Factors determining oxygen demand. The heart muscle cell consumes the most energy to generate contractile force. O2 demand rises with an increase in (1) heart rate, (2) contraction velocity, (3) systolic wall tension

(“afterload”). The last depends on ventricular volume and the systolic pressure needed to empty the ventricle. As peripheral resistance increases, aortic pressure rises and, hence, the resistance against which ventricular blood is ejected. O2 demand is lowered by β-blockers and calcium-antagonists, as well as by nitrates (p. 318).

Luellmann, Color Atlas of Pharmacology © 2005 Thieme

All rights reserved. Usage subject to terms and conditions of license.

 

Angina Pectoris

 

317

A. O2 supply and demand of the myocardium

 

 

 

O2-supply

 

O

2

-demand

during

 

 

 

 

during

diastole

 

 

systole

 

 

Flow resistance:

Left atrium

1. Heart rate

 

1. Coronary arterial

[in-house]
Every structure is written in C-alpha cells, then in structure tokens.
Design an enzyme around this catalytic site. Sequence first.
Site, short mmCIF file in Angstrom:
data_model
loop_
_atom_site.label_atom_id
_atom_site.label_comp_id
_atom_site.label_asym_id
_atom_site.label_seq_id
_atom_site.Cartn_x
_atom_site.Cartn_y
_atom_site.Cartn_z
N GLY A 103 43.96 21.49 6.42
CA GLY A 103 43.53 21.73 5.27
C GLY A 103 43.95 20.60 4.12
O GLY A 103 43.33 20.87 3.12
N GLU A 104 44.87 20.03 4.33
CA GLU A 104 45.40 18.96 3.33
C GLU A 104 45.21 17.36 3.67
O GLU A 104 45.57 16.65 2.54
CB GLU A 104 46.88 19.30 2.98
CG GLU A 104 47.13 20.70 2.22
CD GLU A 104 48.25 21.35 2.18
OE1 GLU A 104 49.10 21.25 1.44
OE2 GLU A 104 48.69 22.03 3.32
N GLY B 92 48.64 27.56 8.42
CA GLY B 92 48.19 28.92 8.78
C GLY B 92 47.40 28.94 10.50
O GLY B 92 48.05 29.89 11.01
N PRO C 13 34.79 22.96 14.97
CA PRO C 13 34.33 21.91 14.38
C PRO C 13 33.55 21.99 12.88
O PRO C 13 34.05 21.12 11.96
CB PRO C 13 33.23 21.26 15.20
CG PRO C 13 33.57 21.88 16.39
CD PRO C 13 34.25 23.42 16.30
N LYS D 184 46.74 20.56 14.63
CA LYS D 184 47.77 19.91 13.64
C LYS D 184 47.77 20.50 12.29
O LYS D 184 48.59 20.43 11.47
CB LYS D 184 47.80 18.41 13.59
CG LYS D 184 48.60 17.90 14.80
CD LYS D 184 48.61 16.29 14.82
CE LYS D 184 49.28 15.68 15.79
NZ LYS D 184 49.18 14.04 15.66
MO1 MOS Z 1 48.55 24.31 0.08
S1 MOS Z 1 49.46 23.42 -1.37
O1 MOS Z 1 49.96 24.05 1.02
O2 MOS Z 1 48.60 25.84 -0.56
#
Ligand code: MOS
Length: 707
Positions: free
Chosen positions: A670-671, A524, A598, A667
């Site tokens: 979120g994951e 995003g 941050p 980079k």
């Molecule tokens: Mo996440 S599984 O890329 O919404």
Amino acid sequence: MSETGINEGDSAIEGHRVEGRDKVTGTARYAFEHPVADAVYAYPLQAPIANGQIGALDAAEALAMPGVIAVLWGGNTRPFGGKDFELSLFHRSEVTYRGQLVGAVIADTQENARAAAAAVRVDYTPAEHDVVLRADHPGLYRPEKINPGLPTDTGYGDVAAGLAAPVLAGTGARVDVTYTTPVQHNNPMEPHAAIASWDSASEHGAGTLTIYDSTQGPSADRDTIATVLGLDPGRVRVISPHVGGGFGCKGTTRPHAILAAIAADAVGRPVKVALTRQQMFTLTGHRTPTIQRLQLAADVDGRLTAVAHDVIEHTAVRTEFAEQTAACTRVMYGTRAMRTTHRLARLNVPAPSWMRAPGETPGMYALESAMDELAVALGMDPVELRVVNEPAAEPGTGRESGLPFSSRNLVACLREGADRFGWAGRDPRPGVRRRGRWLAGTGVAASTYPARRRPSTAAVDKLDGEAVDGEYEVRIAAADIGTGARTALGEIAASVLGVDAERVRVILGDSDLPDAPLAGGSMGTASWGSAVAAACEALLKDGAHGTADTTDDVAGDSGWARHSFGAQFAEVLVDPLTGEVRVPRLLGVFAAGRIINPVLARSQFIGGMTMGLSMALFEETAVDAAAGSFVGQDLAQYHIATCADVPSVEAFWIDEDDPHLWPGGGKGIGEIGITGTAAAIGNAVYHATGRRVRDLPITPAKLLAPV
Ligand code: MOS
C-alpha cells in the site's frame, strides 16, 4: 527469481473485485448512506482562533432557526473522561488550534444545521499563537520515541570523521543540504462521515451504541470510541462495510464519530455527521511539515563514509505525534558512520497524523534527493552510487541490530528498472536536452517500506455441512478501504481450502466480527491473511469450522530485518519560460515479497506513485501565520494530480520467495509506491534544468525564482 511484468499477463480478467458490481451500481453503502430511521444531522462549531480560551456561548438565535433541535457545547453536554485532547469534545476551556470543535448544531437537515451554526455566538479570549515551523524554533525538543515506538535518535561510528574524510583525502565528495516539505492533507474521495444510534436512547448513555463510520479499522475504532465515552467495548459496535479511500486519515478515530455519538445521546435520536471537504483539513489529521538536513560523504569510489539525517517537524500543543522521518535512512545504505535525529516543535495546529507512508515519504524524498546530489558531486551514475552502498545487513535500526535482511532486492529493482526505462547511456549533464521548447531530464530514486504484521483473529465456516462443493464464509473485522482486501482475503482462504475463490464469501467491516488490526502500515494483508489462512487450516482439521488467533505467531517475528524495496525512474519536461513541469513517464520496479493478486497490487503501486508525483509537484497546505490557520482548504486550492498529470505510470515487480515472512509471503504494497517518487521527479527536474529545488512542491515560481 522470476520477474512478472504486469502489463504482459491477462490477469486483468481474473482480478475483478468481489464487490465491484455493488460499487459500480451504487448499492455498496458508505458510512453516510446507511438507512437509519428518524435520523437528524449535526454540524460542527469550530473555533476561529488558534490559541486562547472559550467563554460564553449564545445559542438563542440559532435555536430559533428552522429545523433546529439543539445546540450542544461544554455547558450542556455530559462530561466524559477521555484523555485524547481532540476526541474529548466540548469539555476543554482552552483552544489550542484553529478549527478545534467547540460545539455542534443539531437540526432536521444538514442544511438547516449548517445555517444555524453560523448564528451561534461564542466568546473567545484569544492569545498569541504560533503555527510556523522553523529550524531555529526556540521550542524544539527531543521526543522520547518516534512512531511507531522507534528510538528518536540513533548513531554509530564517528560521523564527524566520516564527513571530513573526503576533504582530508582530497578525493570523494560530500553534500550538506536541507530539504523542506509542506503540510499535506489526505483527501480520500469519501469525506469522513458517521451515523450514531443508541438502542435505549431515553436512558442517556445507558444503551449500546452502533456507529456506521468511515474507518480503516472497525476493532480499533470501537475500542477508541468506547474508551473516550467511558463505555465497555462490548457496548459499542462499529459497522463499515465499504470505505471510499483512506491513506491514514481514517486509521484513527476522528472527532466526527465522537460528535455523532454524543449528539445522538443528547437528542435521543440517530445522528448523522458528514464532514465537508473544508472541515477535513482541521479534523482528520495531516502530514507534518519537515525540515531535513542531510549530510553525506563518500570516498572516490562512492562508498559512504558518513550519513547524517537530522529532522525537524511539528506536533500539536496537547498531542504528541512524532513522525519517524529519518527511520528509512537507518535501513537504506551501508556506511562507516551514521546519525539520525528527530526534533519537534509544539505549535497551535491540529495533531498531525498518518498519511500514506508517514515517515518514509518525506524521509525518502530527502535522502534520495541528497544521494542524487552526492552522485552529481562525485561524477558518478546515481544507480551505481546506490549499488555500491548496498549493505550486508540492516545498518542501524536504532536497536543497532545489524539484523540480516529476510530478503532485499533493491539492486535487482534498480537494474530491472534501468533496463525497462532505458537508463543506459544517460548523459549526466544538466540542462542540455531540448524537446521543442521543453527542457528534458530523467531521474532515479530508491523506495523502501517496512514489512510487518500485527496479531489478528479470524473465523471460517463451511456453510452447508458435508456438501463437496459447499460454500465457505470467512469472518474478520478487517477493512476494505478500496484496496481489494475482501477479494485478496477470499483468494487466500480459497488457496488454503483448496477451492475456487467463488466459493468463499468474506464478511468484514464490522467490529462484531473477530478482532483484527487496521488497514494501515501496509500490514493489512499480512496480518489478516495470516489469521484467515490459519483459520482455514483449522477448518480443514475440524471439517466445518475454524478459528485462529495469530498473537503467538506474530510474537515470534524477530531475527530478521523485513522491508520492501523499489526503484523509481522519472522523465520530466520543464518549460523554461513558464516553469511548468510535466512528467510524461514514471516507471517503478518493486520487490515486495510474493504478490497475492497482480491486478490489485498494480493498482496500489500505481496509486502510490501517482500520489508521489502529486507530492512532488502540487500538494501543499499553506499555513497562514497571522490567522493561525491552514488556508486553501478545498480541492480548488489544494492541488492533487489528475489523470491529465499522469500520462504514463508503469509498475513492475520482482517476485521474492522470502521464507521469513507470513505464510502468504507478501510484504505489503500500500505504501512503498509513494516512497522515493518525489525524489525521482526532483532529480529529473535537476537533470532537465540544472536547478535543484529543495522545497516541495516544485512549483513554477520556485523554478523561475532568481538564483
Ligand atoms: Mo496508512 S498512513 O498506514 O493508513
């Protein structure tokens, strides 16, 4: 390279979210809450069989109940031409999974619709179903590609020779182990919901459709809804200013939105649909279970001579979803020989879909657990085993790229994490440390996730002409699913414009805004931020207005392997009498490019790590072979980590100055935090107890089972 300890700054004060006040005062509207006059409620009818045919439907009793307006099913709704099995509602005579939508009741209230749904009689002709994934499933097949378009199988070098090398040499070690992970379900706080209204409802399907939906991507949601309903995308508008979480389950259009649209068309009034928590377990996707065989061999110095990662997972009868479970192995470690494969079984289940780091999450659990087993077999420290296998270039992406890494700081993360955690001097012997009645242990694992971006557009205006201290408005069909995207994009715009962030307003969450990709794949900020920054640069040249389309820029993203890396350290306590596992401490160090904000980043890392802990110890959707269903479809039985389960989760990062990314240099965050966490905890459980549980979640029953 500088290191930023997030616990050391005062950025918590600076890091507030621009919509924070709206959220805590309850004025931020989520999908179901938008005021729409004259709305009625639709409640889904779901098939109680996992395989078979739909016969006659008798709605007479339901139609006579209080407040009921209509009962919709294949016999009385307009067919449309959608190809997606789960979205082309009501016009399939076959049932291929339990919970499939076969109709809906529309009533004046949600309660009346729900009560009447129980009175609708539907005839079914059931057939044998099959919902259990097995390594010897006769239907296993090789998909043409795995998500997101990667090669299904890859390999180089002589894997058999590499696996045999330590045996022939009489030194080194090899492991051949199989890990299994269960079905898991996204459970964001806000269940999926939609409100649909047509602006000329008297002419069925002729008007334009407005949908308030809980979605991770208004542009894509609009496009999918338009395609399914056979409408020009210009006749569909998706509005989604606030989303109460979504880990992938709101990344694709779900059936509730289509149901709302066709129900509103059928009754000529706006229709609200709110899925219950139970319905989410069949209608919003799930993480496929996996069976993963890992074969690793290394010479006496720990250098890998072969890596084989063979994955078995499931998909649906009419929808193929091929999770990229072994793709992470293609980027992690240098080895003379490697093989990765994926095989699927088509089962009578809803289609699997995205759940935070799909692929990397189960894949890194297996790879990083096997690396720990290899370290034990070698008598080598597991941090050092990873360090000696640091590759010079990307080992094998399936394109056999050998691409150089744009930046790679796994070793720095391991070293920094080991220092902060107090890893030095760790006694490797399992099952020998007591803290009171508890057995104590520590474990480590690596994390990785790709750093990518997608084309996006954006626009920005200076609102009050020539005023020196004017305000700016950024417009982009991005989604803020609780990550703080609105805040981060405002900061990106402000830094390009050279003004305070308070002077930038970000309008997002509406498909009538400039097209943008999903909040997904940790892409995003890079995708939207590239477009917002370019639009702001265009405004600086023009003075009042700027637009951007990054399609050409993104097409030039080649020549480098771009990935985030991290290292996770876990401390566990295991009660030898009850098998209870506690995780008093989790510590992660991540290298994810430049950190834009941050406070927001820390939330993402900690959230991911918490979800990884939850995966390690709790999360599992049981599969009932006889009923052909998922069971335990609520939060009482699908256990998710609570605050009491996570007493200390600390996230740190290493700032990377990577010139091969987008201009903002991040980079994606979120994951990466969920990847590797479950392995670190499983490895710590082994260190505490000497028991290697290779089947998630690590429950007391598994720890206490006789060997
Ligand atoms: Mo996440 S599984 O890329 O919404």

Coronary artery

2. Contraction

caliber

 

velocity

 

 

2. Arteriolar

 

p-force

 

 

caliber

Left ventricle

 

 

Right

 

 

Time

atrium

 

 

 

3. Diastolic

 

3. Systolic wall

 

wall tension

 

tension

 

 

= Preload

 

= Afterload

 

 

Pressure p

Pressure p

 

 

 

Venous

 

Aorta

 

 

 

 

supply

 

 

 

 

Vol.

 

Vol.

 

 

 

 

Peripheral

 

 

resistance

Venous

 

 

 

 

reservoir

 

 

 

 

B. Pathogenesis of exertion angina in coronary sclerosis

 

 

 

Healthy subject

Patient with coronary sclerosis

 

Rest

Compensa-

 

 

 

 

tory

 

 

 

 

dilatation of

Narrow

Wide

arterioles

 

 

 

 

Rate

 

 

 

Contraction

 

 

 

 

velocity

 

 

 

Afterload

 

 

 

 

Exercise

 

 

 

 

 

Additional

 

 

dilatation

 

 

not possible

Wide

Wide

 

 

 

 

Angina

 

 

 

 

pectoris

 

 

 

Luellmann, Color Atlas of Pharmacology © 2005 Thieme

All rights reserved. Usage subject to terms and conditions of license.